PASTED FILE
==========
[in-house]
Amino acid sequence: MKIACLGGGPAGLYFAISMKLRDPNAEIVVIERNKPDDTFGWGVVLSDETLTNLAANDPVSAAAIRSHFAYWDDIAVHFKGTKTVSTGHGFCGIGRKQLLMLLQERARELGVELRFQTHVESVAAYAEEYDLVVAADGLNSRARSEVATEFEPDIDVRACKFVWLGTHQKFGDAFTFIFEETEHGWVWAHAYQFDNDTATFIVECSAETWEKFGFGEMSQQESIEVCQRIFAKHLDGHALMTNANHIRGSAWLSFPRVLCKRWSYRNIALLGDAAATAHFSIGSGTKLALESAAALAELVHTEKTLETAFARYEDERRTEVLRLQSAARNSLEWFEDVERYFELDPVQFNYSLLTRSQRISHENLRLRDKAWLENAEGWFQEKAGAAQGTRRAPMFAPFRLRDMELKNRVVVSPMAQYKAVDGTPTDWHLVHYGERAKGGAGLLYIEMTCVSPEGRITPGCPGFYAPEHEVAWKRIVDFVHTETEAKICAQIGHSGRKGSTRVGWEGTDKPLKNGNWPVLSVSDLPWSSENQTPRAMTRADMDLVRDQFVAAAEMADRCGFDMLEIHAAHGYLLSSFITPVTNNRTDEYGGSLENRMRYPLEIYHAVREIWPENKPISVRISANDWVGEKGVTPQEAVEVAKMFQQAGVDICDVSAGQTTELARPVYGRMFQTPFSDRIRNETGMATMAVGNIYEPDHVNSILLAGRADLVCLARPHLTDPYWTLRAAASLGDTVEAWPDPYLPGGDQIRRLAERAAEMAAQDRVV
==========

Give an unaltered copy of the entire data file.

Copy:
[in-house]
Amino acid sequence: MKIACLGGGPAGLYFAISMKLRDPNAEIVVIERNKPDDTFGWGVVLSDETLTNLAANDPVSAAAIRSHFAYWDDIAVHFKGTKTVSTGHGFCGIGRKQLLMLLQERARELGVELRFQTHVESVAAYAEEYDLVVAADGLNSRARSEVATEFEPDIDVRACKFVWLGTHQKFGDAFTFIFEETEHGWVWAHAYQFDNDTATFIVECSAETWEKFGFGEMSQQESIEVCQRIFAKHLDGHALMTNANHIRGSAWLSFPRVLCKRWSYRNIALLGDAAATAHFSIGSGTKLALESAAALAELVHTEKTLETAFARYEDERRTEVLRLQSAARNSLEWFEDVERYFELDPVQFNYSLLTRSQRISHENLRLRDKAWLENAEGWFQEKAGAAQGTRRAPMFAPFRLRDMELKNRVVVSPMAQYKAVDGTPTDWHLVHYGERAKGGAGLLYIEMTCVSPEGRITPGCPGFYAPEHEVAWKRIVDFVHTETEAKICAQIGHSGRKGSTRVGWEGTDKPLKNGNWPVLSVSDLPWSSENQTPRAMTRADMDLVRDQFVAAAEMADRCGFDMLEIHAAHGYLLSSFITPVTNNRTDEYGGSLENRMRYPLEIYHAVREIWPENKPISVRISANDWVGEKGVTPQEAVEVAKMFQQAGVDICDVSAGQTTELARPVYGRMFQTPFSDRIRNETGMATMAVGNIYEPDHVNSILLAGRADLVCLARPHLTDPYWTLRAAASLGDTVEAWPDPYLPGGDQIRRLAERAAEMAAQDRVV